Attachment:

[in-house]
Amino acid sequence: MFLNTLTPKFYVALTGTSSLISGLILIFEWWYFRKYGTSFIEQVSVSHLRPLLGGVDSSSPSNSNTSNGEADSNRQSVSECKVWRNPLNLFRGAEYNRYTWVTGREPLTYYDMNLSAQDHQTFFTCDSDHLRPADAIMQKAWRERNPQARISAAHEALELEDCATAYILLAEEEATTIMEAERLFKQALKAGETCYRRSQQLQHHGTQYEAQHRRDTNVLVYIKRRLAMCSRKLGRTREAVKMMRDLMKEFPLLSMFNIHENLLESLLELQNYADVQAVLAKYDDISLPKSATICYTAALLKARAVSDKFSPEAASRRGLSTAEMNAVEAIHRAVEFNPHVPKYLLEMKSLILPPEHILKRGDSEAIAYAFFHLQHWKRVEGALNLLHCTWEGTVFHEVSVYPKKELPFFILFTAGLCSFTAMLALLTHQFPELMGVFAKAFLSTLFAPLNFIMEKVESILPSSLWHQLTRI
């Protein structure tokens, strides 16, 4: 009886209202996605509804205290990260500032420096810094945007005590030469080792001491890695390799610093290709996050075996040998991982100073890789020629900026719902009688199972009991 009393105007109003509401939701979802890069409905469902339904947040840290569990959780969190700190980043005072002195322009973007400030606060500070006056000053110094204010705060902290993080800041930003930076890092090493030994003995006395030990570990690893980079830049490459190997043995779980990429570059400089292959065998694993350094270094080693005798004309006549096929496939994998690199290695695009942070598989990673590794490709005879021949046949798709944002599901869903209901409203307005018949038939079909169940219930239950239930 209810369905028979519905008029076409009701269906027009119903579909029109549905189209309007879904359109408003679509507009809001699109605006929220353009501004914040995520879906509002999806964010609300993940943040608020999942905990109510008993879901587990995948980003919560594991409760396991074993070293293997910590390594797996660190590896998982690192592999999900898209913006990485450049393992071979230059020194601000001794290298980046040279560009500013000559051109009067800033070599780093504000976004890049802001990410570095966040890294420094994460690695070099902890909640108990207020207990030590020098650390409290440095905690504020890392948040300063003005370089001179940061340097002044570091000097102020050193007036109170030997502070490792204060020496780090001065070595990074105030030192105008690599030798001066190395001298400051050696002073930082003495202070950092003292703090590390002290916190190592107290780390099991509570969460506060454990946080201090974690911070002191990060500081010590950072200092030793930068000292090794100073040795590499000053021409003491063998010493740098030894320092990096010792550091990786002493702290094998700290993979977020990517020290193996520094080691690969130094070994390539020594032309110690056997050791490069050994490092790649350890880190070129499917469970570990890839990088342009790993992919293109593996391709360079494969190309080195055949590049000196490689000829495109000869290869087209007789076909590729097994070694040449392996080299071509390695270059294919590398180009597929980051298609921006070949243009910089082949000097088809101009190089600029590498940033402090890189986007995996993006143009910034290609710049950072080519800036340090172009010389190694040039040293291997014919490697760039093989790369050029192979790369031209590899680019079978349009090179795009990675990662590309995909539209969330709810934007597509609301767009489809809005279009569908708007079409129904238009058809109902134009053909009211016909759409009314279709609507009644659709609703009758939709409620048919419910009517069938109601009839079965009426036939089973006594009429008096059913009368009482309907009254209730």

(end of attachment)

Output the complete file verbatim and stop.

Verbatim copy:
[in-house]
Amino acid sequence: MFLNTLTPKFYVALTGTSSLISGLILIFEWWYFRKYGTSFIEQVSVSHLRPLLGGVDSSSPSNSNTSNGEADSNRQSVSECKVWRNPLNLFRGAEYNRYTWVTGREPLTYYDMNLSAQDHQTFFTCDSDHLRPADAIMQKAWRERNPQARISAAHEALELEDCATAYILLAEEEATTIMEAERLFKQALKAGETCYRRSQQLQHHGTQYEAQHRRDTNVLVYIKRRLAMCSRKLGRTREAVKMMRDLMKEFPLLSMFNIHENLLESLLELQNYADVQAVLAKYDDISLPKSATICYTAALLKARAVSDKFSPEAASRRGLSTAEMNAVEAIHRAVEFNPHVPKYLLEMKSLILPPEHILKRGDSEAIAYAFFHLQHWKRVEGALNLLHCTWEGTVFHEVSVYPKKELPFFILFTAGLCSFTAMLALLTHQFPELMGVFAKAFLSTLFAPLNFIMEKVESILPSSLWHQLTRI
């Protein structure tokens, strides 16, 4: 009886209202996605509804205290990260500032420096810094945007005590030469080792001491890695390799610093290709996050075996040998991982100073890789020629900026719902009688199972009991 009393105007109003509401939701979802890069409905469902339904947040840290569990959780969190700190980043005072002195322009973007400030606060500070006056000053110094204010705060902290993080800041930003930076890092090493030994003995006395030990570990690893980079830049490459190997043995779980990429570059400089292959065998694993350094270094080693005798004309006549096929496939994998690199290695695009942070598989990673590794490709005879021949046949798709944002599901869903209901409203307005018949038939079909169940219930239950239930 209810369905028979519905008029076409009701269906027009119903579909029109549905189209309007879904359109408003679509507009809001699109605006929220353009501004914040995520879906509002999806964010609300993940943040608020999942905990109510008993879901587990995948980003919560594991409760396991074993070293293997910590390594797996660190590896998982690192592999999900898209913006990485450049393992071979230059020194601000001794290298980046040279560009500013000559051109009067800033070599780093504000976004890049802001990410570095966040890294420094994460690695070099902890909640108990207020207990030590020098650390409290440095905690504020890392948040300063003005370089001179940061340097002044570091000097102020050193007036109170030997502070490792204060020496780090001065070595990074105030030192105008690599030798001066190395001298400051050696002073930082003495202070950092003292703090590390002290916190190592107290780390099991509570969460506060454990946080201090974690911070002191990060500081010590950072200092030793930068000292090794100073040795590499000053021409003491063998010493740098030894320092990096010792550091990786002493702290094998700290993979977020990517020290193996520094080691690969130094070994390539020594032309110690056997050791490069050994490092790649350890880190070129499917469970570990890839990088342009790993992919293109593996391709360079494969190309080195055949590049000196490689000829495109000869290869087209007789076909590729097994070694040449392996080299071509390695270059294919590398180009597929980051298609921006070949243009910089082949000097088809101009190089600029590498940033402090890189986007995996993006143009910034290609710049950072080519800036340090172009010389190694040039040293291997014919490697760039093989790369050029192979790369031209590899680019079978349009090179795009990675990662590309995909539209969330709810934007597509609301767009489809809005279009569908708007079409129904238009058809109902134009053909009211016909759409009314279709609507009644659709609703009758939709409620048919419910009517069938109601009839079965009426036939089973006594009429008096059913009368009482309907009254209730």